Of the many things I mused upon, the first anniversary this weekend of the death of Michael Brown was chief among them. A year ago he had his fateful encounter with Darren Wilson, and the world changed forever. Except of course, when it didn’t. Since then, we have seen the deaths of Eric Garner, Walter Scott, Samuel DeBose, Sandra Bland, and all too many more African-Americans at the hands of police or while in police custody. 
About ten years ago, I was part of a weeklong workshop called Dismantling Racism in Education put on by the National Conference on Community and Justice of Greater St. Louis. The fifty participants were assigned to one of four cohorts: African-American men, African-American women, white woman, white men. We met in various permutations of our groups during the course of the week, and I will never forget what an African-American man, a high school assistant principal whom I had gotten to know quite well during the week, said in one of the men-only groupings: “I wake up every morning, and for a few moments as I’m becoming conscious, I feel good. Then it hits me. Something bad is going to happen to me during this day because I'm black. It might be a clerk at a mall looking nervous when I walk by, a woman on the street clutching her purse a little closer, a cop car slowing down to get a good look at me when I’m riding my bike. But I’ve got to get ready for it because it always, always happens.”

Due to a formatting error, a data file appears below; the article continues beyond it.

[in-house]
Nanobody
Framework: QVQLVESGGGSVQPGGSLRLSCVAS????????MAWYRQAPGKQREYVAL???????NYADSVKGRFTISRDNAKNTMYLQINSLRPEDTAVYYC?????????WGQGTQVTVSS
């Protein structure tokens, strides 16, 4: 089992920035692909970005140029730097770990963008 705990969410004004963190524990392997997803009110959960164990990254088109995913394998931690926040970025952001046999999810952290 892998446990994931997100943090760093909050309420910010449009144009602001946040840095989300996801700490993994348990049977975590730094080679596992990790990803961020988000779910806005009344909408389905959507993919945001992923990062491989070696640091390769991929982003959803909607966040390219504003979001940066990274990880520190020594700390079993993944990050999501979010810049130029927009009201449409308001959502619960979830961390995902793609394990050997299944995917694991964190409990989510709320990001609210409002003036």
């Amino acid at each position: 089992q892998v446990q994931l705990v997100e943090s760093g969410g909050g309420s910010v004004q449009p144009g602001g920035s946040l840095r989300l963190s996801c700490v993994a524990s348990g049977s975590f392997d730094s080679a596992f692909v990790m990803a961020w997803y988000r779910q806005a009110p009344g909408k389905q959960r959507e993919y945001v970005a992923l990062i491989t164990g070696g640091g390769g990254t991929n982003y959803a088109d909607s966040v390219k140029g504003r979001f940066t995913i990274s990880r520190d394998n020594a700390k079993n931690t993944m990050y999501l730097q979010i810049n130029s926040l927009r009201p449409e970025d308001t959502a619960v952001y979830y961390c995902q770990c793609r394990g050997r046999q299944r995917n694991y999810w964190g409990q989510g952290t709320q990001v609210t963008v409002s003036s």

Today I didn’t think twice about putting on a pair of shorts and a t-shirt and a ball cap and sneakers and leaving the hotel and climbing the hill lined with multi-million dollar homes with earbuds in my ears. I didn’t have to. I can walk anywhere I want. I can smile and wave, and people will smile and wave back. Because I’m white. And I have privilege. And the fact that my high school assistant principal colleague, someone who is as at least as powerful and smart and kind and good as myself, would have to think twice about doing the same thing… Well, that is wrong. That is unjust. That is immoral.
I cannot NOT be white. This is who I am. This is how I was born. And because of this accident of ancestry, I am given privilege, access, freedom that people of color do not have. And if you are white, you have it too. And let’s be clear: Privilege is nothing to feel guilty about. It simply – is. It becomes a problem when we – and by “we” I mean my white cohorts – act like this privilege does not exist. Denial is toxic. And it keeps people of color oppressed and gets them killed.
My first ten years in the St. Louis area, I practiced pediatrics in East St. Louis, a predominantly African-American community. I moved there because my mentor, Father Joseph Brown, an African-American Jesuit priest originally from East St. Louis, encouraged me to act on my deep sense of mission and vocation. Over time, though, I began to wonder whether my telling my young African-American patients that I thought they were wonderful kids, that I looked forward to seeing them again, and that I knew that they could do anything they wanted, really made a difference. I mean, here I was, an upper middle class white pediatrician. Even though I firmly believed every good thing I said to that these kids, what kind of credibility did I have? One day I talked to Joseph about this. “Oh, Kenneth,” he said, shaking his head. “Everywhere they turn, they hear they are worthless. You have no idea how important it is that these children hear from someone who looks like you that they are precious and valued.”